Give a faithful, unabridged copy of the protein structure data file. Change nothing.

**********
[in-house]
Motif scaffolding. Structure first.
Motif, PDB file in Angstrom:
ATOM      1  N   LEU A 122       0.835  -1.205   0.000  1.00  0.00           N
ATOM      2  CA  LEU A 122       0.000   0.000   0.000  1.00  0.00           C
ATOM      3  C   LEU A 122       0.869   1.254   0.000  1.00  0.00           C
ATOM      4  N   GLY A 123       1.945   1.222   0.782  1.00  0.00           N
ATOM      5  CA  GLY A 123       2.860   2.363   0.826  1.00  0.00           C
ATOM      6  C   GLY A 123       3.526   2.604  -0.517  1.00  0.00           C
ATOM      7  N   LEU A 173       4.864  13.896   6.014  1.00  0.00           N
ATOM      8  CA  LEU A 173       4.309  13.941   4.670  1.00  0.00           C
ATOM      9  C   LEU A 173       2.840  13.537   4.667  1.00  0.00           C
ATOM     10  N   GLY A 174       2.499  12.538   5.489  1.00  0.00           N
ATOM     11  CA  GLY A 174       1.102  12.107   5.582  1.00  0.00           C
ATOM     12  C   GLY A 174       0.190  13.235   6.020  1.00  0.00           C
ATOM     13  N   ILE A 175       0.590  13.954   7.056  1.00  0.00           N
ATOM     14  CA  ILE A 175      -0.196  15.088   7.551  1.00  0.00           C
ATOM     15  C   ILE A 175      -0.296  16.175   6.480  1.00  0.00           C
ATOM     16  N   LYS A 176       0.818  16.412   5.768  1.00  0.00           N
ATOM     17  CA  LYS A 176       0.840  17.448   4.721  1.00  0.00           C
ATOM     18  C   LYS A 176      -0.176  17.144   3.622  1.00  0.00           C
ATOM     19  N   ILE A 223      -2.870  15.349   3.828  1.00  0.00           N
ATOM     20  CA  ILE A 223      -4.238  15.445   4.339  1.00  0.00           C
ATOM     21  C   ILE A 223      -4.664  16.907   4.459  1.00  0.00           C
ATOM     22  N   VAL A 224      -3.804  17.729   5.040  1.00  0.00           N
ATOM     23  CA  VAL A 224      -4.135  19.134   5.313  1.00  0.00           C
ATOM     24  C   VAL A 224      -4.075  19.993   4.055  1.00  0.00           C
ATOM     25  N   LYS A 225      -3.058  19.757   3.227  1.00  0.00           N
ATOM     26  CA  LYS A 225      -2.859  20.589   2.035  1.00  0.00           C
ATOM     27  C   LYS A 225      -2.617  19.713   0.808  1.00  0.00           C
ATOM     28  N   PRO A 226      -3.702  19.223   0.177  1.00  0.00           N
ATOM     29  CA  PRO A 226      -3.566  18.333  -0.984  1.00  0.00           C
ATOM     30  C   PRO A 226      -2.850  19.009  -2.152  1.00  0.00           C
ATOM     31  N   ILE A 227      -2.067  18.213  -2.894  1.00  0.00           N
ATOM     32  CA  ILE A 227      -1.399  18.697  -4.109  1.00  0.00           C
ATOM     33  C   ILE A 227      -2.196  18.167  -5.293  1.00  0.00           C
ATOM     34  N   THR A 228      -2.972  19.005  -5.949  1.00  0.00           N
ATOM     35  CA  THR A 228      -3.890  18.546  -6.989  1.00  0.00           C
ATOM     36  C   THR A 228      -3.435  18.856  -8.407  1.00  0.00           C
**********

[in-house]
Motif scaffolding. Structure first.
Motif, PDB file in Angstrom:
ATOM      1  N   LEU A 122       0.835  -1.205   0.000  1.00  0.00           N
ATOM      2  CA  LEU A 122       0.000   0.000   0.000  1.00  0.00           C
ATOM      3  C   LEU A 122       0.869   1.254   0.000  1.00  0.00           C
ATOM      4  N   GLY A 123       1.945   1.222   0.782  1.00  0.00           N
ATOM      5  CA  GLY A 123       2.860   2.363   0.826  1.00  0.00           C
ATOM      6  C   GLY A 123       3.526   2.604  -0.517  1.00  0.00           C
ATOM      7  N   LEU A 173       4.864  13.896   6.014  1.00  0.00           N
ATOM      8  CA  LEU A 173       4.309  13.941   4.670  1.00  0.00           C
ATOM      9  C   LEU A 173       2.840  13.537   4.667  1.00  0.00           C
ATOM     10  N   GLY A 174       2.499  12.538   5.489  1.00  0.00           N
ATOM     11  CA  GLY A 174       1.102  12.107   5.582  1.00  0.00           C
ATOM     12  C   GLY A 174       0.190  13.235   6.020  1.00  0.00           C
ATOM     13  N   ILE A 175       0.590  13.954   7.056  1.00  0.00           N
ATOM     14  CA  ILE A 175      -0.196  15.088   7.551  1.00  0.00           C
ATOM     15  C   ILE A 175      -0.296  16.175   6.480  1.00  0.00           C
ATOM     16  N   LYS A 176       0.818  16.412   5.768  1.00  0.00           N
ATOM     17  CA  LYS A 176       0.840  17.448   4.721  1.00  0.00           C
ATOM     18  C   LYS A 176      -0.176  17.144   3.622  1.00  0.00           C
ATOM     19  N   ILE A 223      -2.870  15.349   3.828  1.00  0.00           N
ATOM     20  CA  ILE A 223      -4.238  15.445   4.339  1.00  0.00           C
ATOM     21  C   ILE A 223      -4.664  16.907   4.459  1.00  0.00           C
ATOM     22  N   VAL A 224      -3.804  17.729   5.040  1.00  0.00           N
ATOM     23  CA  VAL A 224      -4.135  19.134   5.313  1.00  0.00           C
ATOM     24  C   VAL A 224      -4.075  19.993   4.055  1.00  0.00           C
ATOM     25  N   LYS A 225      -3.058  19.757   3.227  1.00  0.00           N
ATOM     26  CA  LYS A 225      -2.859  20.589   2.035  1.00  0.00           C
ATOM     27  C   LYS A 225      -2.617  19.713   0.808  1.00  0.00           C
ATOM     28  N   PRO A 226      -3.702  19.223   0.177  1.00  0.00           N
ATOM     29  CA  PRO A 226      -3.566  18.333  -0.984  1.00  0.00           C
ATOM     30  C   PRO A 226      -2.850  19.009  -2.152  1.00  0.00           C
ATOM     31  N   ILE A 227      -2.067  18.213  -2.894  1.00  0.00           N
ATOM     32  CA  ILE A 227      -1.399  18.697  -4.109  1.00  0.00           C
ATOM     33  C   ILE A 227      -2.196  18.167  -5.293  1.00  0.00           C
ATOM     34  N   THR A 228      -2.972  19.005  -5.949  1.00  0.00           N
ATOM     35  CA  THR A 228      -3.890  18.546  -6.989  1.00  0.00           C
ATOM     36  C   THR A 228      -3.435  18.856  -8.407  1.00  0.00           C